Comparing posttraumatic stress disorder's symptom structure between deployed and nondeployed veterans.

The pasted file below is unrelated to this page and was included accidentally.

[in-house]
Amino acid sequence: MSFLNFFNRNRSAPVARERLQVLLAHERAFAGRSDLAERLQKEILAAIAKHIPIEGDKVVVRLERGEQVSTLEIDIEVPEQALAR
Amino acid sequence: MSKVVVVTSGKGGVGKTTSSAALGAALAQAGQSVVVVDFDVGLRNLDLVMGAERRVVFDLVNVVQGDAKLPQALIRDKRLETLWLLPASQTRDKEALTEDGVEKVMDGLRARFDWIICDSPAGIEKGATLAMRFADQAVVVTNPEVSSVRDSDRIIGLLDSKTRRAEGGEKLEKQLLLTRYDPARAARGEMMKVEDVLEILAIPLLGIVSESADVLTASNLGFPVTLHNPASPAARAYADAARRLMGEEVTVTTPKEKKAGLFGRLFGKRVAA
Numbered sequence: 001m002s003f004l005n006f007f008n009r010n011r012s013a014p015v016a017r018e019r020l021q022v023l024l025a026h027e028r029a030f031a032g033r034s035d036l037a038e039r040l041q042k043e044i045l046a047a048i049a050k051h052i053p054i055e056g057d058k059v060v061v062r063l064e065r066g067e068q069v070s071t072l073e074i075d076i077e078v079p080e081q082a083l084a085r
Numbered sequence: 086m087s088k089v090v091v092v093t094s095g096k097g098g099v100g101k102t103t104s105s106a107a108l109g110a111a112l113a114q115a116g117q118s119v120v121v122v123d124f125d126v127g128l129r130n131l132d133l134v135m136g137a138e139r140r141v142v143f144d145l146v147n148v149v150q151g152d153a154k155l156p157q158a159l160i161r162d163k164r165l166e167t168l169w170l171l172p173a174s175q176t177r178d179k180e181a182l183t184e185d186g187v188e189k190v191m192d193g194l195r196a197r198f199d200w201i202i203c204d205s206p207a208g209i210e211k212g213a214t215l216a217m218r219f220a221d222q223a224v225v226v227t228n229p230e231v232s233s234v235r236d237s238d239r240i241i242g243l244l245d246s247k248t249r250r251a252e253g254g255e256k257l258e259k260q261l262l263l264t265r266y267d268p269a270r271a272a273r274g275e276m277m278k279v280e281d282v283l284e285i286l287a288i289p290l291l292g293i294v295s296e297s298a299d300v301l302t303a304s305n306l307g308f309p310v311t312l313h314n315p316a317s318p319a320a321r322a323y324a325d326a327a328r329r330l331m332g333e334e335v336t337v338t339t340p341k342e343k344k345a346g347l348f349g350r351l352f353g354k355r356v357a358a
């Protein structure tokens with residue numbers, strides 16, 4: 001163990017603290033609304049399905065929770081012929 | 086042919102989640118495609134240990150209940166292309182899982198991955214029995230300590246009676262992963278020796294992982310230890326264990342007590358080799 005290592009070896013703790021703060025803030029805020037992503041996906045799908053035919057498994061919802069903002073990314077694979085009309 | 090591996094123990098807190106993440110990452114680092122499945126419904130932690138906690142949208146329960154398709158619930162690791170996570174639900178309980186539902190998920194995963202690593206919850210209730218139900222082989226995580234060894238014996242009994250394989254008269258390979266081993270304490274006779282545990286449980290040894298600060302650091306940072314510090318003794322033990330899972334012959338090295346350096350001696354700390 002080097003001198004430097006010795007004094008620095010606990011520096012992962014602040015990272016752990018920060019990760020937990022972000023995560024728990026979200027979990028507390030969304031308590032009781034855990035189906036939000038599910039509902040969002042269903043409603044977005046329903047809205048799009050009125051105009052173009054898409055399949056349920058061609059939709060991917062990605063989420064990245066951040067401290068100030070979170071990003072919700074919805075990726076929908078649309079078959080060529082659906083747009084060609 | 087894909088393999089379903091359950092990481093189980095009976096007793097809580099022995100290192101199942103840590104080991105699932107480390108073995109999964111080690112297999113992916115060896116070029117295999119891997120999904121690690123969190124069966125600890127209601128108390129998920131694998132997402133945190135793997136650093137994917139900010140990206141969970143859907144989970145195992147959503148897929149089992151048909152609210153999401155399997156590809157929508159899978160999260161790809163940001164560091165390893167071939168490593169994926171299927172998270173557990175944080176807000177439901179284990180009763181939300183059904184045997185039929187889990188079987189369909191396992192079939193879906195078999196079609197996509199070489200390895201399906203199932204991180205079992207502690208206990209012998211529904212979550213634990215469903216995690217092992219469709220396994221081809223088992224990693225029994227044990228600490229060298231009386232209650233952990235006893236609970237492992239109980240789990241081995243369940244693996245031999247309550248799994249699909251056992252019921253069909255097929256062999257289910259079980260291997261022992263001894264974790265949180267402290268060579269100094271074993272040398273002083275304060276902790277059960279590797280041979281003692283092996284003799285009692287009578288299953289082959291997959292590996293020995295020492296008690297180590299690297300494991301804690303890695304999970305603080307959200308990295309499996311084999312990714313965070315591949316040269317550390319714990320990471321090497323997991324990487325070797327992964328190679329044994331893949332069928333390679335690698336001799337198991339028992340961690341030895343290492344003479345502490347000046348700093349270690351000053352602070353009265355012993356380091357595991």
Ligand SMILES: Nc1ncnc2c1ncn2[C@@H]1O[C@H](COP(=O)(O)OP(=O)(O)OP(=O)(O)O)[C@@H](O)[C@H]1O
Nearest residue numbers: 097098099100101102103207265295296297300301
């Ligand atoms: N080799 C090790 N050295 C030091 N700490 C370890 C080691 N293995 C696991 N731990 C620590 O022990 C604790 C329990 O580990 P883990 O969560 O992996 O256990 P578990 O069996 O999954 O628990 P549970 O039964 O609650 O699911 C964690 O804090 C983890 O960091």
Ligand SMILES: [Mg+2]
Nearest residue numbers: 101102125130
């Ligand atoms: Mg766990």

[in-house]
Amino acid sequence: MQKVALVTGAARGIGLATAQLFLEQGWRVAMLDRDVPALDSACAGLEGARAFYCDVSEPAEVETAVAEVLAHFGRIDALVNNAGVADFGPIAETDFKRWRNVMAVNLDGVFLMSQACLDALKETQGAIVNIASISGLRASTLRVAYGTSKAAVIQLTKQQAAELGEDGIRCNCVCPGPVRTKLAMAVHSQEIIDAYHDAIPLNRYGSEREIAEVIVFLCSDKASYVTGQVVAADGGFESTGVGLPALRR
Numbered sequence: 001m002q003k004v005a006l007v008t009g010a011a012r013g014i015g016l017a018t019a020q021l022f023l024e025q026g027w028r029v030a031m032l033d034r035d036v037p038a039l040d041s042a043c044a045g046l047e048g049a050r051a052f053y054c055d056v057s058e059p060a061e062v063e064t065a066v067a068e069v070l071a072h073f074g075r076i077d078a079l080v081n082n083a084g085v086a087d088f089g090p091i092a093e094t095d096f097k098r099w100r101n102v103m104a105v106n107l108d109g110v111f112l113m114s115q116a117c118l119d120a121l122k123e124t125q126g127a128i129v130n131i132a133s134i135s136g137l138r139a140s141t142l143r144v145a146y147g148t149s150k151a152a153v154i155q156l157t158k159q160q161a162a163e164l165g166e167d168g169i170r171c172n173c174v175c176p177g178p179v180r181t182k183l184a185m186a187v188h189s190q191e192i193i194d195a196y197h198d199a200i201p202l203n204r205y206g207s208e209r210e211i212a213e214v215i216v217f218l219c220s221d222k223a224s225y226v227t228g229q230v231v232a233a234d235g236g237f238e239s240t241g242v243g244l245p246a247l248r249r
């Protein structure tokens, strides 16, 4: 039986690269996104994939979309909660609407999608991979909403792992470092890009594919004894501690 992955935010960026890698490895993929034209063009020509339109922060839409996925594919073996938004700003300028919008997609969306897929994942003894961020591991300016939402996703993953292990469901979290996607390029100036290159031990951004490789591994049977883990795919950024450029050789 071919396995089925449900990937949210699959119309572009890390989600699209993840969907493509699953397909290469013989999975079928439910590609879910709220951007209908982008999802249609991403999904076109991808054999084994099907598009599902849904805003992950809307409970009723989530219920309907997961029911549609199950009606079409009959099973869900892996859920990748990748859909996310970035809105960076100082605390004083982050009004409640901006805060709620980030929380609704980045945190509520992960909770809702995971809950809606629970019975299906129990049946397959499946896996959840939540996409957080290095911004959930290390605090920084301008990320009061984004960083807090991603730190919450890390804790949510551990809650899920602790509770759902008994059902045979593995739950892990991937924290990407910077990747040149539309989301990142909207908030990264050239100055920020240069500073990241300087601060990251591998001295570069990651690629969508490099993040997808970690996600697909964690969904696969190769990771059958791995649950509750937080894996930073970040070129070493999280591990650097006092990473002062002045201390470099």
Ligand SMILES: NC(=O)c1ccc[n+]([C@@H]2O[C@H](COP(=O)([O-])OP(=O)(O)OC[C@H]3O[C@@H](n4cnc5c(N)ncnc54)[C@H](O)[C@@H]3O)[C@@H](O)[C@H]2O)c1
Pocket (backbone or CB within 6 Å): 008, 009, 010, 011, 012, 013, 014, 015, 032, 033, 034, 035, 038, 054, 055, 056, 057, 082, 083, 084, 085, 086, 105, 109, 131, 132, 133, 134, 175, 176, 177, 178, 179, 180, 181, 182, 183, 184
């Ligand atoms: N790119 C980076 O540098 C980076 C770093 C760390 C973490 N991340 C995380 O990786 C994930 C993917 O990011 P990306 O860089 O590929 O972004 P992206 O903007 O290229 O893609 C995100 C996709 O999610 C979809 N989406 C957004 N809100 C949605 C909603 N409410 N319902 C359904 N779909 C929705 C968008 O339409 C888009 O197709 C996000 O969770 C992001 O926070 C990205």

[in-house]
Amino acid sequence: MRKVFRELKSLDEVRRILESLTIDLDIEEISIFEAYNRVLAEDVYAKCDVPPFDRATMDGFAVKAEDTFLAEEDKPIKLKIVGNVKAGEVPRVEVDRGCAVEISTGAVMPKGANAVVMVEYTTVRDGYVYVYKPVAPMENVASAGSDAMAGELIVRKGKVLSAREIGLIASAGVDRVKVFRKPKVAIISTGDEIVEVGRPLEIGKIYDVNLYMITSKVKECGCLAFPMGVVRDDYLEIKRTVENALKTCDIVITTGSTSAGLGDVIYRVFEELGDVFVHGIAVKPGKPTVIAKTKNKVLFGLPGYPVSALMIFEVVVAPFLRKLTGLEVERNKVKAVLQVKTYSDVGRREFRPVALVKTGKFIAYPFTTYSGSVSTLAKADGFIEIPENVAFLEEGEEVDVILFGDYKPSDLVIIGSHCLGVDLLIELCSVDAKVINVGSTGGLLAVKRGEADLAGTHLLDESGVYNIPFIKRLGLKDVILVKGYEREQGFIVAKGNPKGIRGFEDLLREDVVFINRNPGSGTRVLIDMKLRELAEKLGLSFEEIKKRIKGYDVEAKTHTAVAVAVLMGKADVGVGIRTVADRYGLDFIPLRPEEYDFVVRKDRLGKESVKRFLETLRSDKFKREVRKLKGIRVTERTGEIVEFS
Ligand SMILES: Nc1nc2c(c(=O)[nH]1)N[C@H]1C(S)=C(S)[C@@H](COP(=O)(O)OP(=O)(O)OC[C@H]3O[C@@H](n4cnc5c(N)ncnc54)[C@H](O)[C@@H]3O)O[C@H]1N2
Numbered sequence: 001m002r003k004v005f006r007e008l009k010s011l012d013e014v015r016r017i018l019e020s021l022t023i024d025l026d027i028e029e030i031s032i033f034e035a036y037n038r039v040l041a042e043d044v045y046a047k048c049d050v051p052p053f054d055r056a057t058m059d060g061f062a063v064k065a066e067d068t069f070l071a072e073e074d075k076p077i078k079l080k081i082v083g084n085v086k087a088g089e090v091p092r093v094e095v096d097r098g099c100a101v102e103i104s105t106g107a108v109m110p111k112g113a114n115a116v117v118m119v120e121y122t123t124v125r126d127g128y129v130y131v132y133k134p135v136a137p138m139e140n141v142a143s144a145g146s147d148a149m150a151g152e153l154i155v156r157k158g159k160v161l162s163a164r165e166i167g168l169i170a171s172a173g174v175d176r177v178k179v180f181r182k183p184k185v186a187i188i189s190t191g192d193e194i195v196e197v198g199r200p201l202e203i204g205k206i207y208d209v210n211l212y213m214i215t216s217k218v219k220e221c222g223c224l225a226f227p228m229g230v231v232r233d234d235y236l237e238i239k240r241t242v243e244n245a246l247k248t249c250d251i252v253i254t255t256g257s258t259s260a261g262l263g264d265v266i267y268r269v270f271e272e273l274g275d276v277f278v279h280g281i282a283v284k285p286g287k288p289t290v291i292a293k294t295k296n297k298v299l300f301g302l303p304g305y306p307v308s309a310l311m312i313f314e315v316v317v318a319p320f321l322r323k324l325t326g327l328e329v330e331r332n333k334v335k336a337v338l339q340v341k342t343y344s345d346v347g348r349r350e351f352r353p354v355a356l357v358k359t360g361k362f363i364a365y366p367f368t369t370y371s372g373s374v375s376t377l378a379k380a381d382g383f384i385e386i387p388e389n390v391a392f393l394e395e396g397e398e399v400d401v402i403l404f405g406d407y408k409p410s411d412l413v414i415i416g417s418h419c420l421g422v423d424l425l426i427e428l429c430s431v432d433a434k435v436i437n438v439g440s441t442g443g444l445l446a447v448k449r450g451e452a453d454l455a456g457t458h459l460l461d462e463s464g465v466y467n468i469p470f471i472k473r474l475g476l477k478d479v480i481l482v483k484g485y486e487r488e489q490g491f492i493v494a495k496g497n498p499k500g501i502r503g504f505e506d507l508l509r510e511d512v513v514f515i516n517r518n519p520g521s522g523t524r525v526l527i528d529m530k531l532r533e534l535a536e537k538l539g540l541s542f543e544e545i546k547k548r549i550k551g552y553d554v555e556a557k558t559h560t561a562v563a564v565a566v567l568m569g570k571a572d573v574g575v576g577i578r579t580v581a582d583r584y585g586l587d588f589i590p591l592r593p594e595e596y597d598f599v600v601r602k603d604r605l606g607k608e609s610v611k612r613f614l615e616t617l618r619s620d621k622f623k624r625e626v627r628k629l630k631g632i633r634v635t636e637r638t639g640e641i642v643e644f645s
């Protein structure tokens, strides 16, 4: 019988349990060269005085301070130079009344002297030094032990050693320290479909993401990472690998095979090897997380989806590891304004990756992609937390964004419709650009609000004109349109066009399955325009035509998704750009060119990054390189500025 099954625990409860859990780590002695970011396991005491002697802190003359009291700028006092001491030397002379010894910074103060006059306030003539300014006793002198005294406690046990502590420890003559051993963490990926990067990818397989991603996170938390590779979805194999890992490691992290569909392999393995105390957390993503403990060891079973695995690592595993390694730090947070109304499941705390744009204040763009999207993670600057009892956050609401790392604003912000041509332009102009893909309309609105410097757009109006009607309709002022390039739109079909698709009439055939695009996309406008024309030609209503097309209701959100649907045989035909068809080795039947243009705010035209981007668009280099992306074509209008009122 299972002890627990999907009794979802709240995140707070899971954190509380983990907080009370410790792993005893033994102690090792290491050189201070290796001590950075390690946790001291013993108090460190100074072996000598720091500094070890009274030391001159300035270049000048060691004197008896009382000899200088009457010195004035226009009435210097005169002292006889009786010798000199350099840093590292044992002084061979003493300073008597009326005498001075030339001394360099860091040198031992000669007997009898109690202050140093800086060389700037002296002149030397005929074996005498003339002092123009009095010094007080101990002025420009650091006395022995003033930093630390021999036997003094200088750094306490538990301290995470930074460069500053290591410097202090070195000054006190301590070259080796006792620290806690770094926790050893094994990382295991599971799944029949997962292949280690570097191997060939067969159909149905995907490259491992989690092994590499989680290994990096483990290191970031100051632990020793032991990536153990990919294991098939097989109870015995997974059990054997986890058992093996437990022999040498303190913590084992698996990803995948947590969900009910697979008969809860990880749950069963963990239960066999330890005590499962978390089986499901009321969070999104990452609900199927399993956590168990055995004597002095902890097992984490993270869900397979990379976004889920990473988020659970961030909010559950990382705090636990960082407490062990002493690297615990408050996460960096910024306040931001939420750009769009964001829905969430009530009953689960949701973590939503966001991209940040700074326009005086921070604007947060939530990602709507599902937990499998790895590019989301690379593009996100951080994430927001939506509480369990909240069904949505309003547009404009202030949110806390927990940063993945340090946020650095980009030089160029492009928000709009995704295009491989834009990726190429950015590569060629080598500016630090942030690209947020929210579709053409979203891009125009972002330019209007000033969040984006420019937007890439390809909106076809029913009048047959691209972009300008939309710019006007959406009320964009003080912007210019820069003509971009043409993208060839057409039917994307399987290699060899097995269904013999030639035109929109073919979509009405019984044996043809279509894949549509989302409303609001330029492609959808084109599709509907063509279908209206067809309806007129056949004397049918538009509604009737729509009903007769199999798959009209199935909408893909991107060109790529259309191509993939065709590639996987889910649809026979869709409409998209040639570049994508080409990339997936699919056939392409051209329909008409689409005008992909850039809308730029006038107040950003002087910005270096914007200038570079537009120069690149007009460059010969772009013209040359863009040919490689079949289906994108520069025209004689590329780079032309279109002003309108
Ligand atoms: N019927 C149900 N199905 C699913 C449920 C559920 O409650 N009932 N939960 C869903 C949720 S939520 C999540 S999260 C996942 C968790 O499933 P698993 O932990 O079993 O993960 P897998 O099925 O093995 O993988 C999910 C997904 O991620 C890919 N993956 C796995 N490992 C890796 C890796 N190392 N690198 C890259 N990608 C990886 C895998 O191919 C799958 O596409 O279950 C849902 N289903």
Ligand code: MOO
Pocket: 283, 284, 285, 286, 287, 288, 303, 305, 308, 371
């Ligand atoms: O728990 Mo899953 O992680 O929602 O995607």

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We tested two empirically validated 4-factor models of posttraumatic stress disorder (PTSD) symptoms using the PTSD Checklist: King, Leskin, King, and Weathers' (1998) model including reexperiencing, avoidance, emotional numbing, and hyperarousal factors, and Simms, Watson, and Doebbeling's (2002) model including reexperiencing, avoidance, dysphoria, and hyperarousal. Our aim was to determine which fit better in two groups of military veterans: peacekeepers previously deployed to a war zone (deployed group) and those trained for peacekeeping operations who were not deployed (nondeployed group). We compared the groups using multigroup confirmatory factor analysis. Adequate model fit was demonstrated among the nondeployed group, with no significant difference between King et al.'s (1998) model (separating avoidance and numbing) and Simms et al.'s (2002) similar model involving a dysphoria factor. A better fitting factor structure consistent with Simms et al.'s (2002) model was found in the deployed group. Comprehensive measurement invariance testing demonstrated significant differences between the deployed and nondeployed groups on all structural parameters, except observed variable intercepts (thus indicating similarities only in PTSD item severity). These findings add to researchers' understanding of PTSD's factor structure, given the revision of PTSD that will appear in the forthcoming 5th edition of the Diagnostic and Statistical Manual of Mental Disorders (American Psychiatric Association, 2010)--namely, that the factor structure may be quite different between groups with and without exposure to major traumatic events.
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